The Chinese government reacted angrily to the award and the Norwegian government’s traditional endorsement of the Nobel Committee’s decision. They argued that the award to a convicted criminal in China constituted a serious interference in China’s internal political and judicial affairs . A Chinese political boycott of Norway was decided and immediately noticeable. All scheduled political meetings were canceled. The human rights dialogue and the negotiations on the soon-to-be-concluded free trade agreement were put on hold, and it became more challenging to obtain a visa to China.

For six years after the award, Norway and China had no bilateral political contact . The extent of the political boycott was quite unique and reflects how determined the Chinese authorities are to deter other countries from interfering in issues they consider very important for the survival of the party system. In 2015, however, Norway was accepted by China as one of the founders of the Asian Investment Bank (established by China). Together with the fact that China with Norwegian support was included as an observer in the Arctic Council, it shows that Beijing can still engage Norway in multilateral institutions, if it is considered to be of service to China.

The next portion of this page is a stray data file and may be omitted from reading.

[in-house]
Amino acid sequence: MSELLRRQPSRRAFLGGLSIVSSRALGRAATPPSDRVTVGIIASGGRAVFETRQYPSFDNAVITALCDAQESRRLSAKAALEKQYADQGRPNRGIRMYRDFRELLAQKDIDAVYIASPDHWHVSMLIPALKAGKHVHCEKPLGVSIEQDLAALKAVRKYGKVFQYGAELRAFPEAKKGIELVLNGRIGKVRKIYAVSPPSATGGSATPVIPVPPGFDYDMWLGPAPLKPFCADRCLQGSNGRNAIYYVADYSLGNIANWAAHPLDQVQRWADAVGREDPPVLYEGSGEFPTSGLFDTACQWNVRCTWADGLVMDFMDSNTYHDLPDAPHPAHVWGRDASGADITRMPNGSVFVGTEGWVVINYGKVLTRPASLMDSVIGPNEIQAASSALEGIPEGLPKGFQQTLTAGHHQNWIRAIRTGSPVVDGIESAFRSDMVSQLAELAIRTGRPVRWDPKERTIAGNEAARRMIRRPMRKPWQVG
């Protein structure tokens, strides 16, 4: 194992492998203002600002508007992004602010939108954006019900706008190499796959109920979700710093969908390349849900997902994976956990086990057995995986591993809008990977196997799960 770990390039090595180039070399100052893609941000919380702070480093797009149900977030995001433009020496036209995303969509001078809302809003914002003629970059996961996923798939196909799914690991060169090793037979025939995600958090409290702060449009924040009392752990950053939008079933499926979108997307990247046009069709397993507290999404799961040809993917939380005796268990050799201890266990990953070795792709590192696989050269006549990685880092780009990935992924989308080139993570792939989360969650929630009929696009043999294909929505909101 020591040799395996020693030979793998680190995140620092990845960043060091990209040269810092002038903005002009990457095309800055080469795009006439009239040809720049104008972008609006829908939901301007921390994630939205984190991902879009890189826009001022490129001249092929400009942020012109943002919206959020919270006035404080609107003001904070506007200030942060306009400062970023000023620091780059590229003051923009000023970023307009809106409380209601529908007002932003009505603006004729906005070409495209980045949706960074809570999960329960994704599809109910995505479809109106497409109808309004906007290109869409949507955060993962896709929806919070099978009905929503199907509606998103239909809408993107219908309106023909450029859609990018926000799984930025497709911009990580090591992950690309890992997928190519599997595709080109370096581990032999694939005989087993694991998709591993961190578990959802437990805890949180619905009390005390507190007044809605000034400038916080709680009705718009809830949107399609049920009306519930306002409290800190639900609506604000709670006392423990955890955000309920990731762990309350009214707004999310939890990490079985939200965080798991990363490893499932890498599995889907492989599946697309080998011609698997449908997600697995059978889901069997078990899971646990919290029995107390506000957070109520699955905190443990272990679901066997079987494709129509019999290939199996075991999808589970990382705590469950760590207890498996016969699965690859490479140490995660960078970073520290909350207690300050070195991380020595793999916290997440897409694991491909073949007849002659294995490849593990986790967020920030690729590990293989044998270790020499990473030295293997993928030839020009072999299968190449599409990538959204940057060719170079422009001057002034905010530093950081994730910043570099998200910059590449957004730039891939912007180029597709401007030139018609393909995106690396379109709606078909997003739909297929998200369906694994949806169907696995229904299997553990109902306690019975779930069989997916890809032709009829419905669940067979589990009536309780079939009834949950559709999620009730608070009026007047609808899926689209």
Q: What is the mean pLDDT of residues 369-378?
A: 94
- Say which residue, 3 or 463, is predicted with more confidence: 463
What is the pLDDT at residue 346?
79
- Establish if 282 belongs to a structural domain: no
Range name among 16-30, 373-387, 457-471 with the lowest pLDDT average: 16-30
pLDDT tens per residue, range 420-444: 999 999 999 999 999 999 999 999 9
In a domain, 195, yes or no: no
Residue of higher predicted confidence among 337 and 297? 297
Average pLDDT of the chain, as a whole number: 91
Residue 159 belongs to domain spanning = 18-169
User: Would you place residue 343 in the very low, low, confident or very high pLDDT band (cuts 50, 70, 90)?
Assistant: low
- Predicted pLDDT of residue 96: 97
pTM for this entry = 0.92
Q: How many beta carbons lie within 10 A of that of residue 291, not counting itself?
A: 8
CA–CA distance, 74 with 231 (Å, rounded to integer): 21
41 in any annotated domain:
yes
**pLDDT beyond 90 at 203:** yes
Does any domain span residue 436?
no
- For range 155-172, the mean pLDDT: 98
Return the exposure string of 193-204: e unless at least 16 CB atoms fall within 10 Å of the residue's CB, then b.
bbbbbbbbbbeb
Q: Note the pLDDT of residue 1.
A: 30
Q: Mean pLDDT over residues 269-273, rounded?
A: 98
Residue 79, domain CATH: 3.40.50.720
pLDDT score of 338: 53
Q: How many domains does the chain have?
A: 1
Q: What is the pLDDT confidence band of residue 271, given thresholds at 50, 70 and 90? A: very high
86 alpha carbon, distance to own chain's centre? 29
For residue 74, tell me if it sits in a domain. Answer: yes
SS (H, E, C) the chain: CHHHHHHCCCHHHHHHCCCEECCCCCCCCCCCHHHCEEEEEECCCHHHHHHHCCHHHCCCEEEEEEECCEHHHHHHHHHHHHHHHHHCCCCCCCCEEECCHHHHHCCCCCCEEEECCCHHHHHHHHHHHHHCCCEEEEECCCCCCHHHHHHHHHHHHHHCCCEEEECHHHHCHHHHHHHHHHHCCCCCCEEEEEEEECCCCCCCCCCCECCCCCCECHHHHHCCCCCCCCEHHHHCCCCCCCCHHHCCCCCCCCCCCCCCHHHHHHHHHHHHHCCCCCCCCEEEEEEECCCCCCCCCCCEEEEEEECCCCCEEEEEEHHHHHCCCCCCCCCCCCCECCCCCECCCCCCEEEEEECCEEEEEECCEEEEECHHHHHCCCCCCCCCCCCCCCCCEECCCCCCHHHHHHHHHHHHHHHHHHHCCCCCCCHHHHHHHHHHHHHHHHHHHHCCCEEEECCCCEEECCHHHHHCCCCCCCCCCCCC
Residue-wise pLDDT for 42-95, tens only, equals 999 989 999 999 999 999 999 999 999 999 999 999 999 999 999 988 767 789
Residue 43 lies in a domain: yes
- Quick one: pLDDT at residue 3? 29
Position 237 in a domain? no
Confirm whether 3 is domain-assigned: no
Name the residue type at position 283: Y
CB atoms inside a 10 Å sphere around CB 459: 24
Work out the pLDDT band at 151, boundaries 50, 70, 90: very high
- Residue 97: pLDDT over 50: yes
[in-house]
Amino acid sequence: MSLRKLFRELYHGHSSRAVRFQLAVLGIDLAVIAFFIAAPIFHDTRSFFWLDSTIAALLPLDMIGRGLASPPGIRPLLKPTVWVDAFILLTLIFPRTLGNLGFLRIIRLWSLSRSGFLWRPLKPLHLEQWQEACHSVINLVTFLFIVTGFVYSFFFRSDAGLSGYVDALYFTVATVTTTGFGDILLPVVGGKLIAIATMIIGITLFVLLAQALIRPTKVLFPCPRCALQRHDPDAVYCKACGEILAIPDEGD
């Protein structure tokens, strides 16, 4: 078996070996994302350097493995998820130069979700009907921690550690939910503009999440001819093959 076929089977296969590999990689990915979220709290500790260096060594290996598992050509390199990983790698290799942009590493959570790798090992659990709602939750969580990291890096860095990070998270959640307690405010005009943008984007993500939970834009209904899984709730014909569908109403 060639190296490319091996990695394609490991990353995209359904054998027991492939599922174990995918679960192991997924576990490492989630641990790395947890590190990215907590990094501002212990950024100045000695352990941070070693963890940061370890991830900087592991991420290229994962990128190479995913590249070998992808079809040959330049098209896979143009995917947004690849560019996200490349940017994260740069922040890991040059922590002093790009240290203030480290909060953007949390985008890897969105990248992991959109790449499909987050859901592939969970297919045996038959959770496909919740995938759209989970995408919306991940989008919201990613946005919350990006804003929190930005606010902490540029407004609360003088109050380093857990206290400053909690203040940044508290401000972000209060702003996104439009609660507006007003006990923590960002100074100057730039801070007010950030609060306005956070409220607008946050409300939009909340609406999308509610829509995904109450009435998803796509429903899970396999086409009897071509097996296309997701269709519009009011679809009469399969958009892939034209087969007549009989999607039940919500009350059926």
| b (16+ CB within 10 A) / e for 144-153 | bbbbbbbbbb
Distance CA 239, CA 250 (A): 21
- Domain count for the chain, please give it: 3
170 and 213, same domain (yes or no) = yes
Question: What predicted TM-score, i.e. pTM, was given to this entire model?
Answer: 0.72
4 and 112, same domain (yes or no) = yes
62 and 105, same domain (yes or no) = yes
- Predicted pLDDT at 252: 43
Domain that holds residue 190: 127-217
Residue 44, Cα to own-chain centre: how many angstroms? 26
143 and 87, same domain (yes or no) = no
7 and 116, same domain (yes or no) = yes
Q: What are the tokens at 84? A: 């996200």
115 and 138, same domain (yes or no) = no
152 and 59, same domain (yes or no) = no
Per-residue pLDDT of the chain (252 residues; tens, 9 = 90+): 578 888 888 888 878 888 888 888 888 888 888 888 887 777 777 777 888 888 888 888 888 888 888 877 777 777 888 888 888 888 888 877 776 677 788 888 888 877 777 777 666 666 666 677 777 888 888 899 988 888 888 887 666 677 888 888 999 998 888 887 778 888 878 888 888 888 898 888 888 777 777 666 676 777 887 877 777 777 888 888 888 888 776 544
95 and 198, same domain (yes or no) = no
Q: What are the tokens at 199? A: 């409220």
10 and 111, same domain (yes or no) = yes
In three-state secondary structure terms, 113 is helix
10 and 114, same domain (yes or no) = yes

From the very beginning, both parties considered the other party to be responsible for correcting the relationship between them. More importantly, both China and Norway considered the disputes to be directly relevant to fundamental principles in their respective political systems. This makes it difficult to reach a compromise. The awarding of the Peace Prize to a dissident challenges China’s stated fundamental interest in maintaining the one – party state’s political governance and judicial system. The country has often reiterated that its foreign policy is built around three basic “core interests” :

  • maintain state security and political system
  • preserve China’s territorial sovereignty and indivisibility
  • maintain economic growth.